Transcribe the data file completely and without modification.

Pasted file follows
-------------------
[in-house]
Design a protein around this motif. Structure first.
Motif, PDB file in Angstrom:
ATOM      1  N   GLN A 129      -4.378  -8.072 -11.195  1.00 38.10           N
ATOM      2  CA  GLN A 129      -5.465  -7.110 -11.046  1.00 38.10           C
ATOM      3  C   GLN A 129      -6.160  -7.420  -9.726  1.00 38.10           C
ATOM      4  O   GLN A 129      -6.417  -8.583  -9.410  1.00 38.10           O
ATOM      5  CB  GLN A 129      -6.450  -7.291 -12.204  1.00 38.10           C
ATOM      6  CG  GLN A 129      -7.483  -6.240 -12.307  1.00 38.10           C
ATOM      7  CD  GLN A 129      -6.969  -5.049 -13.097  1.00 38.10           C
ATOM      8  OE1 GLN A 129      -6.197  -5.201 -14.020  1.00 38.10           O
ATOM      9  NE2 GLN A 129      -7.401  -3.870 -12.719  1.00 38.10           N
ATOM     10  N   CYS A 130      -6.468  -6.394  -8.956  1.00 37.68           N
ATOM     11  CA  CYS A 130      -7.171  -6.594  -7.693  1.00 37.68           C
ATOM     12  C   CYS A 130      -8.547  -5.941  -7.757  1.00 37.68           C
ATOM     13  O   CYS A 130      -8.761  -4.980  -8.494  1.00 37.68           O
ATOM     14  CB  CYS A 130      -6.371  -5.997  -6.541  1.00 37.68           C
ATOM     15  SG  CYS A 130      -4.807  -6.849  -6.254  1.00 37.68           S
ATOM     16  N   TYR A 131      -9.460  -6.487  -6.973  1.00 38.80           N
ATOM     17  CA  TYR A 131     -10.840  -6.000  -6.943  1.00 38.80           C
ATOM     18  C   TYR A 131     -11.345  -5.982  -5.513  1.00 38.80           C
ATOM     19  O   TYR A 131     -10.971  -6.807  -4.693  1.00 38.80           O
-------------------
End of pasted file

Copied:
[in-house]
Design a protein around this motif. Structure first.
Motif, PDB file in Angstrom:
ATOM      1  N   GLN A 129      -4.378  -8.072 -11.195  1.00 38.10           N
ATOM      2  CA  GLN A 129      -5.465  -7.110 -11.046  1.00 38.10           C
ATOM      3  C   GLN A 129      -6.160  -7.420  -9.726  1.00 38.10           C
ATOM      4  O   GLN A 129      -6.417  -8.583  -9.410  1.00 38.10           O
ATOM      5  CB  GLN A 129      -6.450  -7.291 -12.204  1.00 38.10           C
ATOM      6  CG  GLN A 129      -7.483  -6.240 -12.307  1.00 38.10           C
ATOM      7  CD  GLN A 129      -6.969  -5.049 -13.097  1.00 38.10           C
ATOM      8  OE1 GLN A 129      -6.197  -5.201 -14.020  1.00 38.10           O
ATOM      9  NE2 GLN A 129      -7.401  -3.870 -12.719  1.00 38.10           N
ATOM     10  N   CYS A 130      -6.468  -6.394  -8.956  1.00 37.68           N
ATOM     11  CA  CYS A 130      -7.171  -6.594  -7.693  1.00 37.68           C
ATOM     12  C   CYS A 130      -8.547  -5.941  -7.757  1.00 37.68           C
ATOM     13  O   CYS A 130      -8.761  -4.980  -8.494  1.00 37.68           O
ATOM     14  CB  CYS A 130      -6.371  -5.997  -6.541  1.00 37.68           C
ATOM     15  SG  CYS A 130      -4.807  -6.849  -6.254  1.00 37.68           S
ATOM     16  N   TYR A 131      -9.460  -6.487  -6.973  1.00 38.80           N
ATOM     17  CA  TYR A 131     -10.840  -6.000  -6.943  1.00 38.80           C
ATOM     18  C   TYR A 131     -11.345  -5.982  -5.513  1.00 38.80           C
ATOM     19  O   TYR A 131     -10.971  -6.807  -4.693  1.00 38.80           O